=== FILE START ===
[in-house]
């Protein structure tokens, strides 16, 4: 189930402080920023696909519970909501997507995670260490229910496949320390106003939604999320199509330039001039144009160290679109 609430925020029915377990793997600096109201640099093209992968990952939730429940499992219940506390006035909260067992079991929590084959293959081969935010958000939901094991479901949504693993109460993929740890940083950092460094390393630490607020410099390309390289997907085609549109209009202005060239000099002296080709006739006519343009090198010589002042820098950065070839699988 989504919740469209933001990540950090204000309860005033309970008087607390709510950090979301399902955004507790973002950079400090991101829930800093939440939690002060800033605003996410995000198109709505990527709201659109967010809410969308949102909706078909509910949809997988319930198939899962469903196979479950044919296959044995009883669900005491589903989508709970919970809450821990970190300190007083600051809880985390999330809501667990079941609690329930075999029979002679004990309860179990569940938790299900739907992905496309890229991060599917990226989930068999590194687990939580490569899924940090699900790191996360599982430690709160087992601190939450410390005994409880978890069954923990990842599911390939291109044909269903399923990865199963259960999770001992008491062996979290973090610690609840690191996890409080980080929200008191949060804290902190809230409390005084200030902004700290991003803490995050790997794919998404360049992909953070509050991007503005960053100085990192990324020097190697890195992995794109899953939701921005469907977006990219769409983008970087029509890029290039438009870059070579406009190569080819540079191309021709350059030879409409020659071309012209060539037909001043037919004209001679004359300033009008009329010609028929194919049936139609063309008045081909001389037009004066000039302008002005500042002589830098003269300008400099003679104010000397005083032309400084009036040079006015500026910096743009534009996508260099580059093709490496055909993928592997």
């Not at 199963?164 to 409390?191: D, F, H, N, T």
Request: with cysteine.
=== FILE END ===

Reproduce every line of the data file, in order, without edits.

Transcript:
[in-house]
């Protein structure tokens, strides 16, 4: 189930402080920023696909519970909501997507995670260490229910496949320390106003939604999320199509330039001039144009160290679109 609430925020029915377990793997600096109201640099093209992968990952939730429940499992219940506390006035909260067992079991929590084959293959081969935010958000939901094991479901949504693993109460993929740890940083950092460094390393630490607020410099390309390289997907085609549109209009202005060239000099002296080709006739006519343009090198010589002042820098950065070839699988 989504919740469209933001990540950090204000309860005033309970008087607390709510950090979301399902955004507790973002950079400090991101829930800093939440939690002060800033605003996410995000198109709505990527709201659109967010809410969308949102909706078909509910949809997988319930198939899962469903196979479950044919296959044995009883669900005491589903989508709970919970809450821990970190300190007083600051809880985390999330809501667990079941609690329930075999029979002679004990309860179990569940938790299900739907992905496309890229991060599917990226989930068999590194687990939580490569899924940090699900790191996360599982430690709160087992601190939450410390005994409880978890069954923990990842599911390939291109044909269903399923990865199963259960999770001992008491062996979290973090610690609840690191996890409080980080929200008191949060804290902190809230409390005084200030902004700290991003803490995050790997794919998404360049992909953070509050991007503005960053100085990192990324020097190697890195992995794109899953939701921005469907977006990219769409983008970087029509890029290039438009870059070579406009190569080819540079191309021709350059030879409409020659071309012209060539037909001043037919004209001679004359300033009008009329010609028929194919049936139609063309008045081909001389037009004066000039302008002005500042002589830098003269300008400099003679104010000397005083032309400084009036040079006015500026910096743009534009996508260099580059093709490496055909993928592997």
């Not at 199963?164 to 409390?191: D, F, H, N, T």
Request: with cysteine.